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Old 04-08-2015, 09:20 AM
 
6,260 posts, read 5,109,161 times
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Ashton Woods Homes plans to convert the 76-acre site around the corporate headquarters of Mercedes-Benz in Sandy Springs into a mix of townhomes, apartments and retail.
Ashton Woods, which is under contract to buy the site from a local family and sell 12 acres to Mercedes-Benz USA Inc. for its new corporate campus, filed plans with Sandy Springs April 7. The development, with more than 1,000 planned housing units, would take shape on Abernathy road less than a mile west of Georgia 400.
Last year, the Mayson family put the site — including the 1920s-era Glenridge Hall — on the market, setting the stage for one of the state’s highest-profile corporate relocations and economic development coups. In January, the German luxury automaker confirmed it would relocate its U.S. headquarters from Montvale, N.J. to Sandy Springs.
Ashton Woods Homes plans New Urbanist development around Mercedes-Benz HQ (SLIDESHOW) - Atlanta Business Chronicle
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Old 04-08-2015, 09:23 AM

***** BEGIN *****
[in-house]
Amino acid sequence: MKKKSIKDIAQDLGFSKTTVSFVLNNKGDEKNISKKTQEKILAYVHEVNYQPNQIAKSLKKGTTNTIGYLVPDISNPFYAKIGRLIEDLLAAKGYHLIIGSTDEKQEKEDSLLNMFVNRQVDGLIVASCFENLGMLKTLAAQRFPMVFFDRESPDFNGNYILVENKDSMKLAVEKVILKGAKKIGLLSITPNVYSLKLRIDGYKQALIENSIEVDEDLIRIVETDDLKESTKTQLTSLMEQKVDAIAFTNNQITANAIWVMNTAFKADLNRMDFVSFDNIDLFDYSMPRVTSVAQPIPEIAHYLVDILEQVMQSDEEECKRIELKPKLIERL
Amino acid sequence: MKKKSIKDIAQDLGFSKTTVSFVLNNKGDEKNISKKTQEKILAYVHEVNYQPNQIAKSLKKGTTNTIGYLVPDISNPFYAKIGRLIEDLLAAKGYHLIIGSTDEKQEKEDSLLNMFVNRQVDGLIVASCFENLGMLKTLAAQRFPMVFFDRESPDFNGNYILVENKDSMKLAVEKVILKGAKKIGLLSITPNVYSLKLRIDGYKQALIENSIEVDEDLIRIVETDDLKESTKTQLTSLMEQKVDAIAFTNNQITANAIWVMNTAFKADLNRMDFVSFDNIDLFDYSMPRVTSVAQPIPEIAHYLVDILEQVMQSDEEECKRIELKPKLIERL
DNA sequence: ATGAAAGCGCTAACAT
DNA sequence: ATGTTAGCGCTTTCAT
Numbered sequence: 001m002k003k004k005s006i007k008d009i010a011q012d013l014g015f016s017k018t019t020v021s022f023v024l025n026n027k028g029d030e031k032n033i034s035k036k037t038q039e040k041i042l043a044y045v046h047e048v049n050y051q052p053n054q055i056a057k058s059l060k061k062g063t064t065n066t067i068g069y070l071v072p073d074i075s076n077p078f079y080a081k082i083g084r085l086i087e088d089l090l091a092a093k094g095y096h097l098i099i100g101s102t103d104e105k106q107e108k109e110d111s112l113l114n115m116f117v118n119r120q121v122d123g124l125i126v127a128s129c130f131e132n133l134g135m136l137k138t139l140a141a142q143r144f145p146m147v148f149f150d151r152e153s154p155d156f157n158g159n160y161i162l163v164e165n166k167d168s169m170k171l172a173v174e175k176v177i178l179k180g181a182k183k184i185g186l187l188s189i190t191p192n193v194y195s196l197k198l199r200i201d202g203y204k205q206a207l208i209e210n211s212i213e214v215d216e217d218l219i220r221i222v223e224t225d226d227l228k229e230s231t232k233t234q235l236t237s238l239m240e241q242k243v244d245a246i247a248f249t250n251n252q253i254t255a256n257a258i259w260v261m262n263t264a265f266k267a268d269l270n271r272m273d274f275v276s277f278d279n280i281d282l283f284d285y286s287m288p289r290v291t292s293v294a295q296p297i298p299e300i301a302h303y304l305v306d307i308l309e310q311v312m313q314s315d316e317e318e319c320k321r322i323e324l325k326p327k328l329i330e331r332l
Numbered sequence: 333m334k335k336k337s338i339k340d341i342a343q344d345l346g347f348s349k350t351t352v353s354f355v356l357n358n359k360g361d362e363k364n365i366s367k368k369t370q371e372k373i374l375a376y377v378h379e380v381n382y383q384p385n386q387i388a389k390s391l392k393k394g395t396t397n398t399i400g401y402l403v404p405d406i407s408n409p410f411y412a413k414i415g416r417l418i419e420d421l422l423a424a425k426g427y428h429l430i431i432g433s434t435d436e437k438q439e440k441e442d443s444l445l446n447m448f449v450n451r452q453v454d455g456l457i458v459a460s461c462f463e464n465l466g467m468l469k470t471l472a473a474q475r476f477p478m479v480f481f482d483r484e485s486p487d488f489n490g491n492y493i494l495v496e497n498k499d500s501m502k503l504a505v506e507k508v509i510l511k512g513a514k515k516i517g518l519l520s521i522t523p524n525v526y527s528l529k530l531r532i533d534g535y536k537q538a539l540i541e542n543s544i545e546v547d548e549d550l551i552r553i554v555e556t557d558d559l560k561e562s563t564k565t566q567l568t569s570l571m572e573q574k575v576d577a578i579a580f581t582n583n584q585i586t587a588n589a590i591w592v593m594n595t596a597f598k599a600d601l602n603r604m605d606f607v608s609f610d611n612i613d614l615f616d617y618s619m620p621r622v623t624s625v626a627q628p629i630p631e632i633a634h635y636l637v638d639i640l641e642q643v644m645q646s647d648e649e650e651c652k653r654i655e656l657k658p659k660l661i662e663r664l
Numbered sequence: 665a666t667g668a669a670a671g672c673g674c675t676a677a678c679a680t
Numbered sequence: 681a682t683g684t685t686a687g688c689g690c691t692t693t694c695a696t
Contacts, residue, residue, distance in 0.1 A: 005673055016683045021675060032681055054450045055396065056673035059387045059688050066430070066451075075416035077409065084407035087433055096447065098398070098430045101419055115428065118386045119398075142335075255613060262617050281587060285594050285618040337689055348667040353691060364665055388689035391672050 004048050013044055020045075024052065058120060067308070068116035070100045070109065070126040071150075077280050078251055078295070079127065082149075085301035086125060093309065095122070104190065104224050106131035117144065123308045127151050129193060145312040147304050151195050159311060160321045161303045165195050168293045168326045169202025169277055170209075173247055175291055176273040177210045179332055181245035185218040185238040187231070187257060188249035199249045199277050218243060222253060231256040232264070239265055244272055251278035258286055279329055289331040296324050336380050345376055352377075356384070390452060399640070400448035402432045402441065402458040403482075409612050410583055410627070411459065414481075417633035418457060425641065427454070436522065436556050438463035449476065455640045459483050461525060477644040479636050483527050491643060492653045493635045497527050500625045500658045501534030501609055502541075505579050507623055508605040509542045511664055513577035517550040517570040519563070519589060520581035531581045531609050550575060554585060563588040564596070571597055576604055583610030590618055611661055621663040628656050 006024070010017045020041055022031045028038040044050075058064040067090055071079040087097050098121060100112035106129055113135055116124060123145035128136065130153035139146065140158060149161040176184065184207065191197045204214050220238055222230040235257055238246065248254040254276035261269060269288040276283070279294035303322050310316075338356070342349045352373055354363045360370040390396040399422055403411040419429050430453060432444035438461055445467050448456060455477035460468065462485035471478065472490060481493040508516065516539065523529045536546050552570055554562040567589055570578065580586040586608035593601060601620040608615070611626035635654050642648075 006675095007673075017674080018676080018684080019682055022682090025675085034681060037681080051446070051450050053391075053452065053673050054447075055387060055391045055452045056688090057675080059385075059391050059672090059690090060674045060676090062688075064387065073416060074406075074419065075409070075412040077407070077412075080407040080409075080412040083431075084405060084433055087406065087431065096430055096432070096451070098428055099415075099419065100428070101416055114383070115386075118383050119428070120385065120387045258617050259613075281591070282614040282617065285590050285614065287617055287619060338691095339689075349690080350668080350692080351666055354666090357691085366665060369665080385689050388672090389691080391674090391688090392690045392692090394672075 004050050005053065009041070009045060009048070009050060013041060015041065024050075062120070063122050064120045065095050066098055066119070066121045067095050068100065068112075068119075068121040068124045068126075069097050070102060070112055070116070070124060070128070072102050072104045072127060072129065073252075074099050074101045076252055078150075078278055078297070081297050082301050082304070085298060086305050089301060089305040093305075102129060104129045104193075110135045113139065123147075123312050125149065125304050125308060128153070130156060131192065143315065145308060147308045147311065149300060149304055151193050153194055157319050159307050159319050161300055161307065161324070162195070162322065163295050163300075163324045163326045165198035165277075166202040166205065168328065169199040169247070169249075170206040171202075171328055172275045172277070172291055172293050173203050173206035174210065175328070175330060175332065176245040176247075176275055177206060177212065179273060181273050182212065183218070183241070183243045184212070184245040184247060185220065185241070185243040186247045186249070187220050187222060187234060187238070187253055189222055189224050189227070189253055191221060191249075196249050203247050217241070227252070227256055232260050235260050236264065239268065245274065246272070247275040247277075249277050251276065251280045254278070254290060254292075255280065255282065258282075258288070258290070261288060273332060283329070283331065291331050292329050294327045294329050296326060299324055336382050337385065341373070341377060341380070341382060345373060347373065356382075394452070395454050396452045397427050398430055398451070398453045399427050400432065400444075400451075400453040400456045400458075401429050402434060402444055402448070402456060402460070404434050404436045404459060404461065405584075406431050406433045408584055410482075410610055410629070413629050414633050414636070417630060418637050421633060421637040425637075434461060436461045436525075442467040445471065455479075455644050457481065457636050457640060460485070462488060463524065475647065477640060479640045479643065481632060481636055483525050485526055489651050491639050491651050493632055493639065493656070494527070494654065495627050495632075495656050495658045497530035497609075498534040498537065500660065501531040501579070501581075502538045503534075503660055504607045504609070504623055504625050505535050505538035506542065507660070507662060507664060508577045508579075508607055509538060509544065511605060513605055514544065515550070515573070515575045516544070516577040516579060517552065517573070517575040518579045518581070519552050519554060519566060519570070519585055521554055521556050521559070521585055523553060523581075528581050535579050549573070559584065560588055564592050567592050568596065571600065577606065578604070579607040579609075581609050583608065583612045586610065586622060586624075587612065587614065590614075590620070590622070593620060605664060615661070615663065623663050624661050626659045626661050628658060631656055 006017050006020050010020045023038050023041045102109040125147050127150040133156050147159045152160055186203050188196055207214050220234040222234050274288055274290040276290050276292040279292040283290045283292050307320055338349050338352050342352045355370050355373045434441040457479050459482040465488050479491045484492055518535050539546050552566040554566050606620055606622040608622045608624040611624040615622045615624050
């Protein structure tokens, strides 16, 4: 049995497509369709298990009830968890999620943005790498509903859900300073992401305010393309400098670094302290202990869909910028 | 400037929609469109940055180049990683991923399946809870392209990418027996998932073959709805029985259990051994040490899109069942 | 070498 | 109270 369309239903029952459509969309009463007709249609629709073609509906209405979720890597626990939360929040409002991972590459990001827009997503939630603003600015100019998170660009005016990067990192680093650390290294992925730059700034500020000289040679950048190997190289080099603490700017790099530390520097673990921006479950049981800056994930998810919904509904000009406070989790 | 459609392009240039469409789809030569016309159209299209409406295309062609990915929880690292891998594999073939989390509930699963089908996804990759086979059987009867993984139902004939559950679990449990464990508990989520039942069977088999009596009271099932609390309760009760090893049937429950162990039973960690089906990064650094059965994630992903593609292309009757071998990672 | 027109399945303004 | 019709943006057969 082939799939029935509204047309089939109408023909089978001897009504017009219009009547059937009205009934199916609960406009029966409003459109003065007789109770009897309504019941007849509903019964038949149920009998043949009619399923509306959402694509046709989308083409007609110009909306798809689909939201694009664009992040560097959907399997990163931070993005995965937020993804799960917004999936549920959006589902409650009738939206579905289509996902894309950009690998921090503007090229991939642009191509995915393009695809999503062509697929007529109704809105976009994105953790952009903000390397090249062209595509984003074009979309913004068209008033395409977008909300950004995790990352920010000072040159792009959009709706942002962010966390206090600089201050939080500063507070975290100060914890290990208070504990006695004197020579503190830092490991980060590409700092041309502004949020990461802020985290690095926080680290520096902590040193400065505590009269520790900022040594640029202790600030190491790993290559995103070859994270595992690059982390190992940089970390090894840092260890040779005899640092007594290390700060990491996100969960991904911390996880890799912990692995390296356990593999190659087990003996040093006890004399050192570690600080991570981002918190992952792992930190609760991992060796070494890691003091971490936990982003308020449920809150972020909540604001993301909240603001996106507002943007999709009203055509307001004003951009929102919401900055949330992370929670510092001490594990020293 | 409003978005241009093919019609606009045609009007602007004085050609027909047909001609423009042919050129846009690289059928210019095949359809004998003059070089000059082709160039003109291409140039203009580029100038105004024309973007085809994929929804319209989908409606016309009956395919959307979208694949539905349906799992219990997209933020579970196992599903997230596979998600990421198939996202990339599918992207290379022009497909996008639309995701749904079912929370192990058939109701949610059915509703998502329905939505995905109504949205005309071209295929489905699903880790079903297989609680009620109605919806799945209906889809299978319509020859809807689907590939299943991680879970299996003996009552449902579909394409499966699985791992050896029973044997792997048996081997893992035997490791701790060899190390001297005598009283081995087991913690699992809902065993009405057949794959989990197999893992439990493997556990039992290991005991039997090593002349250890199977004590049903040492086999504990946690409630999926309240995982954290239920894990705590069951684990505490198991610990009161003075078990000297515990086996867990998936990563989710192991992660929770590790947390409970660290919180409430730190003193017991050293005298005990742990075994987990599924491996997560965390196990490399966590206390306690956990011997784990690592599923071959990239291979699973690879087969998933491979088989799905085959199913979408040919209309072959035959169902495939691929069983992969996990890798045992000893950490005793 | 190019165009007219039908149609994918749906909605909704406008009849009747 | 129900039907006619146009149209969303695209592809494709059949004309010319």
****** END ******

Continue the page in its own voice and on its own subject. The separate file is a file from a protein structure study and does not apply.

6 posts, read 6,526 times
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Which Exit on 400 is this new headquarter being built ?
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Old 04-08-2015, 11:05 AM
 
Location: Kirkwood
23,418 posts, read 17,576,989 times
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Quote:
Originally Posted by sid99 View Post
Which Exit on 400 is this new headquarter being built ?
Abernathy.
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Old 04-08-2015, 11:26 AM
 
29,386 posts, read 26,339,390 times
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Wow. DPZ is Andres Duany, the father of New urbanism, isn't it?
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Old 04-08-2015, 02:24 PM
 
Location: Atlanta
5,299 posts, read 3,515,512 times
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Originally Posted by arjay57 View Post
Wow. DPZ is Andres Duany, the father of New urbanism, isn't it?
Absolutely, arjay57! The renderings are gorgeous...
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Old 04-09-2015, 11:10 PM
 
Location: In your feelings
2,199 posts, read 1,596,862 times